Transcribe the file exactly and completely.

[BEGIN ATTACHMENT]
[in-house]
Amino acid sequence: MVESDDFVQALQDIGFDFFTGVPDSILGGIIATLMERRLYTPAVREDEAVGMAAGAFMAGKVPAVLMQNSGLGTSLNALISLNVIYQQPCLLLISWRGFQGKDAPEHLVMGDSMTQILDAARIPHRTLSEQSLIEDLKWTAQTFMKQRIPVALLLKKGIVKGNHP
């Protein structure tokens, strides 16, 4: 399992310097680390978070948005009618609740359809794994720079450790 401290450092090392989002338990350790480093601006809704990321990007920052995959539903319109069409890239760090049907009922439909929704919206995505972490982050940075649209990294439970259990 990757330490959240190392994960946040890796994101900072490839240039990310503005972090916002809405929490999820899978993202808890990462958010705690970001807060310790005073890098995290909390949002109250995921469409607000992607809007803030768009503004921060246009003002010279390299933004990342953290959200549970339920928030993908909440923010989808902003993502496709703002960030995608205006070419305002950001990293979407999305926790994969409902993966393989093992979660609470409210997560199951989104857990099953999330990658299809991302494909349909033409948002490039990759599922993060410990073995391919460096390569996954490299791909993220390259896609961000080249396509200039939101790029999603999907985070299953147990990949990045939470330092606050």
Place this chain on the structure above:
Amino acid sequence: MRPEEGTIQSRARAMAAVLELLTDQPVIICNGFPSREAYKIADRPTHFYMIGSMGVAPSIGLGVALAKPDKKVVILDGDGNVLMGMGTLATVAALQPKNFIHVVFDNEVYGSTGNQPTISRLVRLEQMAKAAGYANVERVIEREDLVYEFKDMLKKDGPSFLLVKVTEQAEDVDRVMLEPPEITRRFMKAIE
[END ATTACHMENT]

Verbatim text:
[in-house]
Amino acid sequence: MVESDDFVQALQDIGFDFFTGVPDSILGGIIATLMERRLYTPAVREDEAVGMAAGAFMAGKVPAVLMQNSGLGTSLNALISLNVIYQQPCLLLISWRGFQGKDAPEHLVMGDSMTQILDAARIPHRTLSEQSLIEDLKWTAQTFMKQRIPVALLLKKGIVKGNHP
């Protein structure tokens, strides 16, 4: 399992310097680390978070948005009618609740359809794994720079450790 401290450092090392989002338990350790480093601006809704990321990007920052995959539903319109069409890239760090049907009922439909929704919206995505972490982050940075649209990294439970259990 990757330490959240190392994960946040890796994101900072490839240039990310503005972090916002809405929490999820899978993202808890990462958010705690970001807060310790005073890098995290909390949002109250995921469409607000992607809007803030768009503004921060246009003002010279390299933004990342953290959200549970339920928030993908909440923010989808902003993502496709703002960030995608205006070419305002950001990293979407999305926790994969409902993966393989093992979660609470409210997560199951989104857990099953999330990658299809991302494909349909033409948002490039990759599922993060410990073995391919460096390569996954490299791909993220390259896609961000080249396509200039939101790029999603999907985070299953147990990949990045939470330092606050």
Place this chain on the structure above:
Amino acid sequence: MRPEEGTIQSRARAMAAVLELLTDQPVIICNGFPSREAYKIADRPTHFYMIGSMGVAPSIGLGVALAKPDKKVVILDGDGNVLMGMGTLATVAALQPKNFIHVVFDNEVYGSTGNQPTISRLVRLEQMAKAAGYANVERVIEREDLVYEFKDMLKKDGPSFLLVKVTEQAEDVDRVMLEPPEITRRFMKAIE